These accrediting agencies send out an Accreditation Team to the school for the review process. This Accreditation Team is composed of leaders from other accredited colleges throughout the United States. The team members then review the school and its educational program to determine if the school is at least equal to the quality of education, business standards, and vocational preparation of all other accredited colleges.
The school first submits a detailed self analysis of its program. After review of this written report, the Accreditation Team makes a visit to the school for first hand evaluation. The team then writes a written report to the school outlining the areas of improvement and growth that they would like to see the school make. This process then repeats itself until the Accreditation Team and the Accreditation Agency are convinced that the school has met the highest standards possible.
The accreditation process generally takes between two to five years to complete, but it doesn’t end there. Every two or three years the Accreditation team revisits, expecting the school to be able to demonstrate continued strength and development of the school’s educational program and services to its students.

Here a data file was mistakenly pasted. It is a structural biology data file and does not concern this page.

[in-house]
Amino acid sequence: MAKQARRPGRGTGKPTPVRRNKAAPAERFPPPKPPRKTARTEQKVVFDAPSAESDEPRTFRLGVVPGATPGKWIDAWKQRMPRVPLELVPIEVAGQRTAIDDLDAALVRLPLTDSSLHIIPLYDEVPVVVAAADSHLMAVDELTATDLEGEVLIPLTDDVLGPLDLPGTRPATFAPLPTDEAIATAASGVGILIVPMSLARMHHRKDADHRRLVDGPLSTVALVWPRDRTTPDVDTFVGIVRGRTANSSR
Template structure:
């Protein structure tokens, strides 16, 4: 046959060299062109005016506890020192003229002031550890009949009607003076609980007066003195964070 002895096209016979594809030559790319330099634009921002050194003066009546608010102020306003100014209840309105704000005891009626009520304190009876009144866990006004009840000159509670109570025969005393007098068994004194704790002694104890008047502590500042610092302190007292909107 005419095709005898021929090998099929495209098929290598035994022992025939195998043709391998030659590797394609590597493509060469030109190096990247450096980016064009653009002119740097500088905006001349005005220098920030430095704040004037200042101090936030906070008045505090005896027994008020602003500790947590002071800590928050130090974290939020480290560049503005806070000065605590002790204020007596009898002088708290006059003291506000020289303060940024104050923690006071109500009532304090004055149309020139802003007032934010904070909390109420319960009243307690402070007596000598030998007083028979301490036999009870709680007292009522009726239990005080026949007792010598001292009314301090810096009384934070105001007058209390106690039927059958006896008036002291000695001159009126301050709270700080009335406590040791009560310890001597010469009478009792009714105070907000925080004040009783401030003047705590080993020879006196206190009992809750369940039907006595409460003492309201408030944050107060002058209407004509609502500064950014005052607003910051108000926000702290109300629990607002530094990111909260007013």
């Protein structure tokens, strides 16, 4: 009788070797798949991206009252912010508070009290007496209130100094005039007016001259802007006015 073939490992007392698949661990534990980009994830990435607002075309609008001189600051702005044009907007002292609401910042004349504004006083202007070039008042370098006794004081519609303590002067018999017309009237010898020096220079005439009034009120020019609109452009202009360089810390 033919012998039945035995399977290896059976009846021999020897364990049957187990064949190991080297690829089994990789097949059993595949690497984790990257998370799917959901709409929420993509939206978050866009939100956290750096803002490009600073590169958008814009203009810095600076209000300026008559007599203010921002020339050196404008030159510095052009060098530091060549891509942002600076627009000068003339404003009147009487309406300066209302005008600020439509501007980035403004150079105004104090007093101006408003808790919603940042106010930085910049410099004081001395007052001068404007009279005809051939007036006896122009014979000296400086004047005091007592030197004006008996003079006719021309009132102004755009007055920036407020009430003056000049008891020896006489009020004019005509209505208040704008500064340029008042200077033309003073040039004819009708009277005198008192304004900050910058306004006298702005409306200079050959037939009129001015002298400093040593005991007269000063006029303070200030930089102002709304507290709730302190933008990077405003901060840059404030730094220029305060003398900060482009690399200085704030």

HMI is very proud of the fact that it is the first and only College of Hypnotherapy to achieve National Accreditation. Accreditation assures the public of HMI’s educational and quality standards. Accreditation also provides qualified applicants access to Federal Financial Aid programs. It is as though the Federal Government says, If you choose a quality college for your preparation for a new career, we will make sure the financing of your tuition will not be a problem.
HMI has earned its accreditation status on the strength of not only its academic training, but also its in-house clinical internship program as well as the clinical facility which provides therapy services to the general public.
It is HMI’s position that a practicing Hypnotherapist has many responsibilities which should not be taken lightly, and that any new career requires thorough and realistic preparation. In light of this, HMI does not offer any weekend, crash, or intensive courses, and would never consider hiring anyone to work in its clinical facility who was trained in that fashion. What HMI does choose to offer is a complete and extensive program that will allow its graduates to provide professional hypnotherapy services.
If you’re looking for the quickest, easiest, or least expensive way to obtain a piece of paper which says you’re a Hypnotherapist, then the HMI program is definitely not for you. However, if you are looking for the absolute best, most competent and thorough instruction that will realistically prepare you to actually begin a new career in an exciting helping profession, then keep reading because there is no finer, or more thorough, clinical hypnotherapy training program than what is presented in the pages which follow.